If you feel like you need to watch a comedy from behind your hands, either something’s gone terribly wrong or something’s gone terribly right. In this case it’s definitely the latter. The Keegan Theatre’s Things You Shouldn’t Say Past Midnight is a funny, brutally honest, and surprisingly deep look at relationships and identity.
Written by Peter Ackerman, Things You Shouldn’t Say is the story of a young couple, Ben (Michael Innocenti) and Nancy (Caroline Wolfson) in New York City. Or at least, it starts that way. After a late night fight caused by some… indiscreet mid-coital comments on Nancy’s part, the story turns to Nancy’s friend Grace (Allison Corke) and her new boy-toy Gene (Peter Finnegan). Grace and Gene have their own relationship issues, which are interrupted by Nancy’s arrival on the doorstep. Seeking advice, they call Gene’s brother – and Grace’s therapist – Mark (Kevin Hasser) who is currently in bed with his latest fling, Donald Abramson (Timothy H. Lynch). Hilarity, and the world’s most awkward conference call, ensues. If I’m being cagey about the details, it’s not to keep the plot secret But one of the real delights of the show is how surprising Ackerman’s dialogue is, how well-played the twists are, and how deep the characters can dig themselves as they try their best to explain what they’re really feeling. While the script has its issues, the cast at Keegan does a fine job of exploring the way we use other people to shore up our own identities.
The set, designed by the multi-talented Innocenti, is primarily composed of three beds. Ben’s foldout couch waits center stage; stage right is Grace’s overdone boudoir; left and above the main stage, Mark’s tasteful modern. The open set design lends itself to the sprawling conversation that dominates the second half of the show, making it both easy and visually interesting to follow. Innocenti also nails it as the nebbishy Ben, seeming put-upon even when things are going his way. That makes things a bit harder for Caroline Wolfson’s Nancy. As the instigator of the drama, Nancy already has to work her way back into the audience’s good graces. That’s a much harder task when Ben is on the other side of the equation, although Wolfson’s emotional confessions manage to rescue Nancy by the end. The couple make a good anchor for the piece.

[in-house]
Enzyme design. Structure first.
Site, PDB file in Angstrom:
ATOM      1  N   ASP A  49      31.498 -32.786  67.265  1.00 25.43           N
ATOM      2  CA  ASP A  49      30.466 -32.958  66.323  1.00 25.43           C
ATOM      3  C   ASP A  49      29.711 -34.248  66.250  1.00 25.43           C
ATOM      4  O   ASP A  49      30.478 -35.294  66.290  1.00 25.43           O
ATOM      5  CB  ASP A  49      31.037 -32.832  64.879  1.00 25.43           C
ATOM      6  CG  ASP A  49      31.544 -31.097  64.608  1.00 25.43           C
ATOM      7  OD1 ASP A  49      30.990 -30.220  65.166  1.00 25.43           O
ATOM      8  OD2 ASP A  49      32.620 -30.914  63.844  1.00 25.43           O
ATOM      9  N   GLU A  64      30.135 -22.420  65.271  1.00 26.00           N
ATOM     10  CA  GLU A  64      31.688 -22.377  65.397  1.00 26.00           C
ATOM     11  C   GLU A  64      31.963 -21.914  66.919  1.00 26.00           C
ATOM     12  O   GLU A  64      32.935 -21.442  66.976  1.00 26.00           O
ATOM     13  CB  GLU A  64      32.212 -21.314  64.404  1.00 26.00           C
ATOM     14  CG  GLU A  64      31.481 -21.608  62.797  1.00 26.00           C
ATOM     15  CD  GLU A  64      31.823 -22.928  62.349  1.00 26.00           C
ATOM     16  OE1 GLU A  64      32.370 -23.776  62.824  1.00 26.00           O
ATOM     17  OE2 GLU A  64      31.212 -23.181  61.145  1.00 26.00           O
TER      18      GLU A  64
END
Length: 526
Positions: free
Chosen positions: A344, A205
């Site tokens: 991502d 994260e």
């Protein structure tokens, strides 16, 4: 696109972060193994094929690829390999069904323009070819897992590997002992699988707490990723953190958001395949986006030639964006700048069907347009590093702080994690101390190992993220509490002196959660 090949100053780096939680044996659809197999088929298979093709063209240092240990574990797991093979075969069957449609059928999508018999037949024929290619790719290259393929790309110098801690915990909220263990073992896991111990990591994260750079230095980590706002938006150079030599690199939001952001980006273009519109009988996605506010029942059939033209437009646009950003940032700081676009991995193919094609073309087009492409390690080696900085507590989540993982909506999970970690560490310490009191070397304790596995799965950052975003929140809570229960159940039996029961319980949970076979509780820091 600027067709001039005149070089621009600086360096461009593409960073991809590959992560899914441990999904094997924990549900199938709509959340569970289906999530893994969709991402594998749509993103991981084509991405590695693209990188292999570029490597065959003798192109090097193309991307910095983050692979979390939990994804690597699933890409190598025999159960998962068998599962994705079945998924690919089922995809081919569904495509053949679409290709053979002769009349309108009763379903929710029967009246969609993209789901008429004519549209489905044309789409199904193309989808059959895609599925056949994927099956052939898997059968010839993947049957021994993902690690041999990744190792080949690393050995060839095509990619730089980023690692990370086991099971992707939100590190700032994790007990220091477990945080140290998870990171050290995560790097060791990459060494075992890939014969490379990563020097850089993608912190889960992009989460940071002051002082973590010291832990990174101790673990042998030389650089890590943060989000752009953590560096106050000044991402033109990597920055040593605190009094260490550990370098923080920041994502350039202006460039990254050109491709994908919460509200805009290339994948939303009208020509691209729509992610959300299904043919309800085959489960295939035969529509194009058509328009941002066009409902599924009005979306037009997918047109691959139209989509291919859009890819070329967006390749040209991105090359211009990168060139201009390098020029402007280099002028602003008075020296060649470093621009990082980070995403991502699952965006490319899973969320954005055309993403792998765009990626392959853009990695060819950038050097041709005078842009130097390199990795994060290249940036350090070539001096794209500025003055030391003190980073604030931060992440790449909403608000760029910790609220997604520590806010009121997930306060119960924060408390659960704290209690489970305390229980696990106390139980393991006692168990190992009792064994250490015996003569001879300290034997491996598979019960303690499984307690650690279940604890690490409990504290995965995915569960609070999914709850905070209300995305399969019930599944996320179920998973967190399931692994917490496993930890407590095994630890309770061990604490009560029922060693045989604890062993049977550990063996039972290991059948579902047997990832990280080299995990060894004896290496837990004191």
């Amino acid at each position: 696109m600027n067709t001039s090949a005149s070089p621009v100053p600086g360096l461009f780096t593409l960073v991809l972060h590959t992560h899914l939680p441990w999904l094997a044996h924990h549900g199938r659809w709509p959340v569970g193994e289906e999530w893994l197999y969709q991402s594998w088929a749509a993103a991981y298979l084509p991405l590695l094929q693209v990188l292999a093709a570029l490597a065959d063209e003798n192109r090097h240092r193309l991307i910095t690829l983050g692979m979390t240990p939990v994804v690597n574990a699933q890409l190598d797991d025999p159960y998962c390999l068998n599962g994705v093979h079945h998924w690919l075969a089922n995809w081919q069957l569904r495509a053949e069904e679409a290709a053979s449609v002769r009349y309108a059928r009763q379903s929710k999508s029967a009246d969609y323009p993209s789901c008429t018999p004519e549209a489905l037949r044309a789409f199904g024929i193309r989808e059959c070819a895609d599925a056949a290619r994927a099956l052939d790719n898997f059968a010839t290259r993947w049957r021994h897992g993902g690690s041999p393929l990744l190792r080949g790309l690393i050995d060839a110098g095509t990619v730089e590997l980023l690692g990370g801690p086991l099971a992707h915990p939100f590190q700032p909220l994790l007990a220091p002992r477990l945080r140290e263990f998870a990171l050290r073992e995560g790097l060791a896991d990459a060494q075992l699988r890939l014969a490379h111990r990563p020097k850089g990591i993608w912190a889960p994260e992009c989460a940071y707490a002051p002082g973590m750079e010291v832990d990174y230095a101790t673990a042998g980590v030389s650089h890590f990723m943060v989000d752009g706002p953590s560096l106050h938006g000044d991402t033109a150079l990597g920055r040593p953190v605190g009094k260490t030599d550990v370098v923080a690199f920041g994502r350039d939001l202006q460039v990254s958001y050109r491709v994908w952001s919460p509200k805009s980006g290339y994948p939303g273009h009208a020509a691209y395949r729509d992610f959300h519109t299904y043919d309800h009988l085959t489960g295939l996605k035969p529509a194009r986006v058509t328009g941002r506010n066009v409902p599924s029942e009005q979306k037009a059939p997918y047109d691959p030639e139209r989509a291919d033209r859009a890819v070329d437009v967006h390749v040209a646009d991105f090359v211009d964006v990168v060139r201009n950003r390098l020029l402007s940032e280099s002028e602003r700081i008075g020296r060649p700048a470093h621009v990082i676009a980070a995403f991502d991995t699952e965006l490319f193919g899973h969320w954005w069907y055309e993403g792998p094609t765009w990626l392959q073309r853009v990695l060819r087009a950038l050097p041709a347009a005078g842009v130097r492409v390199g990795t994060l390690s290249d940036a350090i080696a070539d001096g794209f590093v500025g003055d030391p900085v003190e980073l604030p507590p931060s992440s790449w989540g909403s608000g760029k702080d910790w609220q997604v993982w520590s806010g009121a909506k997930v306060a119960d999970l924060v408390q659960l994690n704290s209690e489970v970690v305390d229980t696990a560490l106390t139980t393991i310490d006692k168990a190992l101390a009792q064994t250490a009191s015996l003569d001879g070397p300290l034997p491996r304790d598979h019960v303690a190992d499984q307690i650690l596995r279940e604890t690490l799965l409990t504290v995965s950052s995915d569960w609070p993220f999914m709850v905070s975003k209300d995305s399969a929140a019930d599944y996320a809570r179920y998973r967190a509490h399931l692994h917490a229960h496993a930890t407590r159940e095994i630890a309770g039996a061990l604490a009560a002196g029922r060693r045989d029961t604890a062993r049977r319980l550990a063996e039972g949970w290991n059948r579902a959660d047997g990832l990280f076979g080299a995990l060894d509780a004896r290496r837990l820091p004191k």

Gene and Grace are a little harder to pin down. Peter Finnegan’s Gene seems like a good guy, but in an overbearing way that comes off as a boundary-ignoring rather than persistent and romantic. It’s a bit of tone-deafness on the part of the script that plays oddly with Finnegan’s extreme likeability. It helps that Corke’s Grace makes it clear that she sees Gene’s negatives as well as his positives. But Grace also occupies a strange place in the script, since she knows what she wants and other people keep trying to change her mind. Corke navigates these waters deftly, but it still feels like she shouldn’t have to.
As Mark and Mr. Donaldson, Kevin Hasser and Timothy Lynch are in danger of running away with the whole show. It seems almost redundant to point out Lynch’s comic talents, and the worldly, befuddled Abramson is the perfect vehicle for him. As Mark, Hasser positively shines. He’s charming, funny, just the right amount of gossipy, and one of the only characters in the play who understands the balance between people needing to confront relationship issues and people needing their privacy.
While the promo materials describe the play as a “screwball comedy,” Things You Shouldn’t Say operates asks some really deep questions about identity and our relationships with other people. At the end of the day, sometimes we don’t like ourselves very much – instead, we like what other people must see in us. But if what they like is the part of us that we hate… well, there’s the rub.
Running Time: Approximately 90 minutes, with no intermission.
Things You Shouldn’t Say Past Midnight plays through June 7, 2014 at The Keegan Theatre – 1742 Church Street, NW, in Washington D.C. For tickets, call the box office at (703) 892-0202, or purchase them online.